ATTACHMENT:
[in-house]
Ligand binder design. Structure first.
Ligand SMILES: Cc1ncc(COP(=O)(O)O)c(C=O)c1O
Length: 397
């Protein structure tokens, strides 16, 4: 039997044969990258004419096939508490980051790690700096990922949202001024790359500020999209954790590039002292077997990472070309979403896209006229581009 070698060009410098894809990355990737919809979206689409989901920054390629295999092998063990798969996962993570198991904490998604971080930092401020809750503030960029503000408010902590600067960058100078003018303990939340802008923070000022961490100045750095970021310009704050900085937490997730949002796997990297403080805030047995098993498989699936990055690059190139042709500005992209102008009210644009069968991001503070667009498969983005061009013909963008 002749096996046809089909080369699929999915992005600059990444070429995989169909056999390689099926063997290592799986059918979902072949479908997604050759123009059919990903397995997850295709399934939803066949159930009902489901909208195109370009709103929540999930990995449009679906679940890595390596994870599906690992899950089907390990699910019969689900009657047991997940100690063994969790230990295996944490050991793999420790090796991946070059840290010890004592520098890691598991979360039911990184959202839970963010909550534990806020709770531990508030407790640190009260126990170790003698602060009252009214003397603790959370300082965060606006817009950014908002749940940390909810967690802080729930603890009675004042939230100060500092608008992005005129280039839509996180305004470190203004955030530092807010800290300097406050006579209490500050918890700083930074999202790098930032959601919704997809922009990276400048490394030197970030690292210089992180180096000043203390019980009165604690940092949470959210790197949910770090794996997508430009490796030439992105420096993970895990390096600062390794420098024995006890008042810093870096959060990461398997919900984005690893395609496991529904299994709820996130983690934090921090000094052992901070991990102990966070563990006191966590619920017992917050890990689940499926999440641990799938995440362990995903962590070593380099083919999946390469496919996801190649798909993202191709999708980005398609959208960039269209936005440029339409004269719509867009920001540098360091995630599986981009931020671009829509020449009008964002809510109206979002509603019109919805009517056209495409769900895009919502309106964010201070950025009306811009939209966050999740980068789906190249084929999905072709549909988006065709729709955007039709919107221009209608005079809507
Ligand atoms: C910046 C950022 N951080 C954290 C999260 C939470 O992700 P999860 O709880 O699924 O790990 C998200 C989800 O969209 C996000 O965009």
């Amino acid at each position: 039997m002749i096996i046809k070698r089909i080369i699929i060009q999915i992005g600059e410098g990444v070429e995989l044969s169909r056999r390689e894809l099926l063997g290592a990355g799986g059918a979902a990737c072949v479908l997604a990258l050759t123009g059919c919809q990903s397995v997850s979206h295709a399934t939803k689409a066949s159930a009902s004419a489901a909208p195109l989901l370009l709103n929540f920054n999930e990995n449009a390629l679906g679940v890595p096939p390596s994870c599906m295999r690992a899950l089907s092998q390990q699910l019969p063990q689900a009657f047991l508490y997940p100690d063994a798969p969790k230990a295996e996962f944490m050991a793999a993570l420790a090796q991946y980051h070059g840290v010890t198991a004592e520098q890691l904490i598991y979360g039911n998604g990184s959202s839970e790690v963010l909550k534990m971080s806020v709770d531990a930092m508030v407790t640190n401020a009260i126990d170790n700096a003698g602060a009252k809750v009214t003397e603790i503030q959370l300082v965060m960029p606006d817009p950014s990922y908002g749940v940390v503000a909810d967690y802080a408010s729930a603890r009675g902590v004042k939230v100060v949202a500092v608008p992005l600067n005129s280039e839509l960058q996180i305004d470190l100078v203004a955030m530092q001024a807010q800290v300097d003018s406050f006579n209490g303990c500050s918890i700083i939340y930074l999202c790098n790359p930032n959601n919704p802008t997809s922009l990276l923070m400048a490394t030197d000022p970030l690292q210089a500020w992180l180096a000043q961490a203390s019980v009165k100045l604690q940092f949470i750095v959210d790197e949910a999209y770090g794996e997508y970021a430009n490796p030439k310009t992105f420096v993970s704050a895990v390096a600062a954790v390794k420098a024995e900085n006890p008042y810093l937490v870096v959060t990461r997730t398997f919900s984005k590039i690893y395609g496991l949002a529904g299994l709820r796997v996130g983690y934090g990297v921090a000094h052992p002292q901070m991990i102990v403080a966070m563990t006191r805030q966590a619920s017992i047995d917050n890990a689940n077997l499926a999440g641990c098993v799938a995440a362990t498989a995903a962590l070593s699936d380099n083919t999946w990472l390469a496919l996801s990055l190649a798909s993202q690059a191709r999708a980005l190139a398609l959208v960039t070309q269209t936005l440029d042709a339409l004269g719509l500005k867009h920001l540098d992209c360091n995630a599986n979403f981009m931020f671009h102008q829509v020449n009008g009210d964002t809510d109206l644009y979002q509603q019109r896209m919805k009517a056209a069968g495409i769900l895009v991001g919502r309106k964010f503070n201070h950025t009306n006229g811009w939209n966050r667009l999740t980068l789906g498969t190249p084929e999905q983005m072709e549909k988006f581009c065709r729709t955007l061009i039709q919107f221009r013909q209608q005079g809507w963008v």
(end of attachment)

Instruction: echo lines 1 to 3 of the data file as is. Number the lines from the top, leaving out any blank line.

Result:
[in-house]
Ligand binder design. Structure first.
Ligand SMILES: Cc1ncc(COP(=O)(O)O)c(C=O)c1O